Making bicycling “normal”
During a recent visit to the Netherlands, we heard over and over the most interesting concept: even though the share of people who ride bikes is greater there than in any other country, hardly anyone calls themselves a “cyclist.” Dutch girls may ride an average of 7 kilometers per day, but they are just girls who bike, like they are girls who brush their teeth and girls who eat cereal for breakfast. Because bicycling is so prevalent, it is mindbogglingly normal.
Here in the U.S., lots of people see themselves as cyclists: in fact, I'm one of them. We believe we are members of a special sort of club. With our fluorescent jackets and rolled pant cuffs—or, in the more extreme cases, shaved legs and cultivated tan lines—we broadcast our membership, intentionally or not, in this exclusive group. The sense of community we feel belonging to this club is part of what keeps us riding, yet we know it can be counterproductive too (even had a driver yell something insulting at you?)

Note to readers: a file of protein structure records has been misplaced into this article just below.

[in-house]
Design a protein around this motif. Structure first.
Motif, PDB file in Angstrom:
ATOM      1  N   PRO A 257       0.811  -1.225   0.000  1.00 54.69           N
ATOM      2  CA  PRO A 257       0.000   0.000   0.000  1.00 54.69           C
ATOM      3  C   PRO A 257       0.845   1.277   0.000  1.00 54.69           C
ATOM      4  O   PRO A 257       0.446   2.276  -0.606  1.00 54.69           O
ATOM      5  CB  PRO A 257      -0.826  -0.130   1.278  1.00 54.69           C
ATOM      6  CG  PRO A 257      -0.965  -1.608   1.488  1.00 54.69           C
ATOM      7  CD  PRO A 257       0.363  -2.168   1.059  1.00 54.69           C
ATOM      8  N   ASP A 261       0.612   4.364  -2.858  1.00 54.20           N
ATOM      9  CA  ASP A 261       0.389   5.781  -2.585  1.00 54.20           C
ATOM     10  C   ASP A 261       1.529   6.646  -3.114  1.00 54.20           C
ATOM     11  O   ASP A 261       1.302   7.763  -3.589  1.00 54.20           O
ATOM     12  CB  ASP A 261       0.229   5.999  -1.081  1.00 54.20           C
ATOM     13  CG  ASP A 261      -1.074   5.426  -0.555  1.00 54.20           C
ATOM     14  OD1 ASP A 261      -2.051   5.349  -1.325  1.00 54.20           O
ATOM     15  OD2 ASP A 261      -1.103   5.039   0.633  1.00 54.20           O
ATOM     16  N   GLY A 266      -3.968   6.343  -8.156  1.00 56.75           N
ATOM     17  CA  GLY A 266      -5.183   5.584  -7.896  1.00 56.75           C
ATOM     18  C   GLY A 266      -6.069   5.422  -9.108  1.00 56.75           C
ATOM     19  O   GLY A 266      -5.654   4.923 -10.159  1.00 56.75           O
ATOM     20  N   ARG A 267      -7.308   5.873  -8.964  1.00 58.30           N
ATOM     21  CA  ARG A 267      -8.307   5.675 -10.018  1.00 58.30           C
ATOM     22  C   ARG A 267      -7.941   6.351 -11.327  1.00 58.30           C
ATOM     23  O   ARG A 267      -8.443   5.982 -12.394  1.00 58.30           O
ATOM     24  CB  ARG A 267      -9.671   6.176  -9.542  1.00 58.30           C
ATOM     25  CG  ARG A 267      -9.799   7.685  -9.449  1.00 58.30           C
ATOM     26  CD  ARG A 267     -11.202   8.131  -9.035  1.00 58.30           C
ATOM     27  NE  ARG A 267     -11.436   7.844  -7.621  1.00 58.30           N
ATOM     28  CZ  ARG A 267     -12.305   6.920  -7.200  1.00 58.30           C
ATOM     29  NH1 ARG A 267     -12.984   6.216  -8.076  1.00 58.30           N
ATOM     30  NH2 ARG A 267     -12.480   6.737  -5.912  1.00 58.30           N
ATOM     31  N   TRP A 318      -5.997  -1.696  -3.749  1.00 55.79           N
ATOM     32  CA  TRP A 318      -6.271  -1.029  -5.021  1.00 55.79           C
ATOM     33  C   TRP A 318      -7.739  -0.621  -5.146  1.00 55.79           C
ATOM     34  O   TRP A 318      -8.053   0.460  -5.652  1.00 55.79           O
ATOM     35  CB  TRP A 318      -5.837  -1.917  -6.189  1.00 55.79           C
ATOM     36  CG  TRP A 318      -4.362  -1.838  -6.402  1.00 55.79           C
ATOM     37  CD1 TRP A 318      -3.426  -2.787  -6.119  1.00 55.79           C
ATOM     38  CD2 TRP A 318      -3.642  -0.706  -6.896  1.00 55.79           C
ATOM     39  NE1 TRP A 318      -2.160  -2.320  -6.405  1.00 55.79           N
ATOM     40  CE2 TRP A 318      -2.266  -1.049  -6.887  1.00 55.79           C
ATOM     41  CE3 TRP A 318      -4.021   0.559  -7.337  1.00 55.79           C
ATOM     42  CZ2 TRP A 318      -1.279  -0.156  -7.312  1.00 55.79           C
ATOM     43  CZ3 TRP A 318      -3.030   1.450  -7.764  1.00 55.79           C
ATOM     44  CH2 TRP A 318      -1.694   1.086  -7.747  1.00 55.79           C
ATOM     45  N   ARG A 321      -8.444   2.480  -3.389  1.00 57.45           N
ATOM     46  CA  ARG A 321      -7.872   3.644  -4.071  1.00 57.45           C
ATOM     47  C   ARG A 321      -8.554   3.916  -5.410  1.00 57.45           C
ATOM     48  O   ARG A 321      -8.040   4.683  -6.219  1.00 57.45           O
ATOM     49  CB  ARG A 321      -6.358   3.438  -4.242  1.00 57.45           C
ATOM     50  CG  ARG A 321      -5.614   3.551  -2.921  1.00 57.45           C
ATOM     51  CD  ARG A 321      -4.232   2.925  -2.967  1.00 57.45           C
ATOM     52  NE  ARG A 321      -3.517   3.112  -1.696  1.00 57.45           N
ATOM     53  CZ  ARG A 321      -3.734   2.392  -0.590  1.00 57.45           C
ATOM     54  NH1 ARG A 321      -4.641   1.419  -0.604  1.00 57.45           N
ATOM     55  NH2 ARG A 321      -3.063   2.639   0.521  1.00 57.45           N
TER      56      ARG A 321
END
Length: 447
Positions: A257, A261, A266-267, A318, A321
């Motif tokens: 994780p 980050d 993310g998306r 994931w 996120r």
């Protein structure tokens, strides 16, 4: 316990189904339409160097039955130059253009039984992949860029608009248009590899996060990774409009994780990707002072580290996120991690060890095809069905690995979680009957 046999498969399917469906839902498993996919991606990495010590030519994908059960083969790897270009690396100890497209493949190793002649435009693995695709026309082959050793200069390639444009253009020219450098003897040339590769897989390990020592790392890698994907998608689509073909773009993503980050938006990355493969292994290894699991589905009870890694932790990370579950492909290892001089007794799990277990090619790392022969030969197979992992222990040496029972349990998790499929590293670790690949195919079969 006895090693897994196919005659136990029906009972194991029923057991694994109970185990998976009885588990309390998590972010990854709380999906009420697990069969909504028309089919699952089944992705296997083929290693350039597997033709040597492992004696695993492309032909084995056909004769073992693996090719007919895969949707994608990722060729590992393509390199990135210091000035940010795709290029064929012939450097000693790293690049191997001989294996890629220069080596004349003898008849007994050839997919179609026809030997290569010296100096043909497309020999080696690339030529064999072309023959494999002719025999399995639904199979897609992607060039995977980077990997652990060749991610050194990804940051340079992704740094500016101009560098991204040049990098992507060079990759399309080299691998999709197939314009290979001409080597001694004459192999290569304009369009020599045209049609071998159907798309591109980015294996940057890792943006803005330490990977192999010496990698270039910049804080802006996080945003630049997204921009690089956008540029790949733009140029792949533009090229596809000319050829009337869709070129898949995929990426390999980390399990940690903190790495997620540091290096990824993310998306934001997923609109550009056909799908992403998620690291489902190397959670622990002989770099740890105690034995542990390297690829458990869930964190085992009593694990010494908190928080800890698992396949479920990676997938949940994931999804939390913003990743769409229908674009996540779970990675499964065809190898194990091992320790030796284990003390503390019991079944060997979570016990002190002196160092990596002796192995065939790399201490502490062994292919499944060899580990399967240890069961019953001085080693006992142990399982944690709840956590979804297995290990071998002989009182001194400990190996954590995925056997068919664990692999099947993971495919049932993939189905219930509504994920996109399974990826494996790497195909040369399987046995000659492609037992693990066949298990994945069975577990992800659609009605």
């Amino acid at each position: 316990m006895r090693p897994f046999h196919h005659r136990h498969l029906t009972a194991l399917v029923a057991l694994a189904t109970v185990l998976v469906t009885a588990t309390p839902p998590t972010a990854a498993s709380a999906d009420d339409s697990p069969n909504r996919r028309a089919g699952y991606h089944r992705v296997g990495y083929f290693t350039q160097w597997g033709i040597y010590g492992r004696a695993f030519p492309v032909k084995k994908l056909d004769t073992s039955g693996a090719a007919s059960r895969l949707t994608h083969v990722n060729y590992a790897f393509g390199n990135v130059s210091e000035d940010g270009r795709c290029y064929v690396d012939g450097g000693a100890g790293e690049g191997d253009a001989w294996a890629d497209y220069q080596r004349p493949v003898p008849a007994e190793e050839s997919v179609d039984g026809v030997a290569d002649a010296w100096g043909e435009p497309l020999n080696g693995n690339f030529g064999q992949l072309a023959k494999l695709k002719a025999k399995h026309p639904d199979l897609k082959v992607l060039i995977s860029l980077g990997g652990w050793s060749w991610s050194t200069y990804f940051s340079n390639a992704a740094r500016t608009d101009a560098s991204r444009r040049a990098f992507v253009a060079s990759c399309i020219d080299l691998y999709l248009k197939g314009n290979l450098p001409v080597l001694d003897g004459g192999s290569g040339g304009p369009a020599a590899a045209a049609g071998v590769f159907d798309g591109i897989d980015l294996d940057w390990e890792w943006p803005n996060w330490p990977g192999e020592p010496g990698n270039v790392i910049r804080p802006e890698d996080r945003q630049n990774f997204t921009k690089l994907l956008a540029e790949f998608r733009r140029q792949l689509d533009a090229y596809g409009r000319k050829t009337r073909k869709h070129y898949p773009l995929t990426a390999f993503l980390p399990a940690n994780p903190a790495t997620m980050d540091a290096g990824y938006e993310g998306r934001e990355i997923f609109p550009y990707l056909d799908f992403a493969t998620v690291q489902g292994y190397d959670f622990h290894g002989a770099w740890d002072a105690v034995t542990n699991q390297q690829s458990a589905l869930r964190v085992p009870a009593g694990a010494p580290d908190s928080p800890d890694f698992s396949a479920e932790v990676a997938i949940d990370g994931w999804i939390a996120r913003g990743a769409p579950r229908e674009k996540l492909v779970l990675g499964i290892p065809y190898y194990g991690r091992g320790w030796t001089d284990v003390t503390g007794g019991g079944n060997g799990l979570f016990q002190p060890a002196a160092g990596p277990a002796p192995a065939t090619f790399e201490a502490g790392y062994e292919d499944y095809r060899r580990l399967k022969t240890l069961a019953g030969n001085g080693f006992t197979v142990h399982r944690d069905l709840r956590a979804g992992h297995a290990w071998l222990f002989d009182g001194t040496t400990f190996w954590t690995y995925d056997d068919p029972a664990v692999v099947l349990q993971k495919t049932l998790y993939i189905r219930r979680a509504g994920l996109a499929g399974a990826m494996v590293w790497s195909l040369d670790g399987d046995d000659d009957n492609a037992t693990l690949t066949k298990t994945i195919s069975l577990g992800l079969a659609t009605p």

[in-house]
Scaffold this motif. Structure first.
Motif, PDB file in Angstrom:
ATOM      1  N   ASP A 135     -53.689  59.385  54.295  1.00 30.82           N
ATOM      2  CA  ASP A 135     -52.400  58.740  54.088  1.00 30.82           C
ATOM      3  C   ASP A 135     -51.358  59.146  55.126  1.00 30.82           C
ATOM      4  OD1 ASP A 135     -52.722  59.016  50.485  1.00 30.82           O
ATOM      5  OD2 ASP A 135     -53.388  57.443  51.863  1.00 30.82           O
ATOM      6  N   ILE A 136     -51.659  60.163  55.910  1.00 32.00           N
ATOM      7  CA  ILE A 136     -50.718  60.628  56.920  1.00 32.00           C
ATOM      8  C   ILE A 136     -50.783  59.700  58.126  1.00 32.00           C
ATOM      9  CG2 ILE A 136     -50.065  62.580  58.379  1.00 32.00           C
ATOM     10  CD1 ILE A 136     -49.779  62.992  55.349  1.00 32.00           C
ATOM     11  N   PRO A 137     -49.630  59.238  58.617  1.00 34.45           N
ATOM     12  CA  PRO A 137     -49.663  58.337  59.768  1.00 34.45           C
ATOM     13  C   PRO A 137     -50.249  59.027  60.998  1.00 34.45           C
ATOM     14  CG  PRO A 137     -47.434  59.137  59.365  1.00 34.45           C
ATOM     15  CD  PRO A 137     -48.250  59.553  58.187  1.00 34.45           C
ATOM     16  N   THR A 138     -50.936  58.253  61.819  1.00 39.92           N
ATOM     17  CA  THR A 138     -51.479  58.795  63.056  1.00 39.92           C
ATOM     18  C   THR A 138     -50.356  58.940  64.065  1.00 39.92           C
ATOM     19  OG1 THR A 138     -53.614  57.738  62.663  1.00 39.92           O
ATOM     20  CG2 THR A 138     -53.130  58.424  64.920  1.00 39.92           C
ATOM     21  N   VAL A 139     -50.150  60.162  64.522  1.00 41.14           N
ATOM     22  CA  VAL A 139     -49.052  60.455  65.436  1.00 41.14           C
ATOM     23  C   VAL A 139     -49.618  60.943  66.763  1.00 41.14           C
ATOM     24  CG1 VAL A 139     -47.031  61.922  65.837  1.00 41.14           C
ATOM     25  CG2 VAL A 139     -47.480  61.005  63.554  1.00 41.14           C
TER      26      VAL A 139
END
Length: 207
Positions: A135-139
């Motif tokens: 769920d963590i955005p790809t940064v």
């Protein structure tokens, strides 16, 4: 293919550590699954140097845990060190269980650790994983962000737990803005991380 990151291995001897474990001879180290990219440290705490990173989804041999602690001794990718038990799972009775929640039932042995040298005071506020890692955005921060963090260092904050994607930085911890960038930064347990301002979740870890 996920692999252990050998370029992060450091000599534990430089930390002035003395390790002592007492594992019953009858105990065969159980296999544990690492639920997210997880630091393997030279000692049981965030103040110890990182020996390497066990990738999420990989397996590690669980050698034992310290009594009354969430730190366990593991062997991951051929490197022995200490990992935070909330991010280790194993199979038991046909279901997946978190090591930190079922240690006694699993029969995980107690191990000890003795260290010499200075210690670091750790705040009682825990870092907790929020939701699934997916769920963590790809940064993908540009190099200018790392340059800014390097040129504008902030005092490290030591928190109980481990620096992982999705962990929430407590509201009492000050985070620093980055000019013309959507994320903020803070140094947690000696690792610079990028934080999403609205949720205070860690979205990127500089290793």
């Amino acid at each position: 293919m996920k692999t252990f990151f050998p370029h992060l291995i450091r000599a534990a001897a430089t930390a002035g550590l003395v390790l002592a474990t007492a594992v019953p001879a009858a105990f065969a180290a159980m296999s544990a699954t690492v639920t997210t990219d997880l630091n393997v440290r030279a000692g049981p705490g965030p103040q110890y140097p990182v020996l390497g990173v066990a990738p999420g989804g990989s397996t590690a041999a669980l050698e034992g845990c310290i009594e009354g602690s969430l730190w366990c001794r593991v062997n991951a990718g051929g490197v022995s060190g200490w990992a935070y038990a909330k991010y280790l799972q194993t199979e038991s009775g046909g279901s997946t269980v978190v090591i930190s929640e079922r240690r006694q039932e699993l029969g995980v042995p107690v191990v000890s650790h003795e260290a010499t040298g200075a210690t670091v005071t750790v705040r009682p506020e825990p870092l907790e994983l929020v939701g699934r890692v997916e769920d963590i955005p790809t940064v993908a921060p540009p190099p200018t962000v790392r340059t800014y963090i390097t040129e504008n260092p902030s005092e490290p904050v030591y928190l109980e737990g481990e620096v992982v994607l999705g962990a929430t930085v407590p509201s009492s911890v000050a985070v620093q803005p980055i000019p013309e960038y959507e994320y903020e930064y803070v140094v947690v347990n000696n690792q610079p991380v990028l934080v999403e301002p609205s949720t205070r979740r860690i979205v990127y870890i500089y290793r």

But what does the general public really think about people who bike in countries where bicycling is not the normal mode of transport? A new study from the UK asked nearly 4,000 people this question, and the results were surprising. Sixty-five percent considered bike riding “normal,” and only 7% thought people riding bikes were “strange.” Interestingly, the regular bike riders in the survey perceived themselves to be stranger than the normal public actually did: 24% of regular cyclists thought the public perceived them as being “a bit odd.”
This study makes it sound like we’re not as weird as we think we are--a very, very good thing if we want bicycling to be as normal here as it is in the Netherlands. Perhaps it’s due to the proliferation of utility bicycling in popular culture, or simply the recent increase in bicycling trips. Whatever the cause, this study gives us hope that one day bicycling in the states can be as normal as brushing your teeth.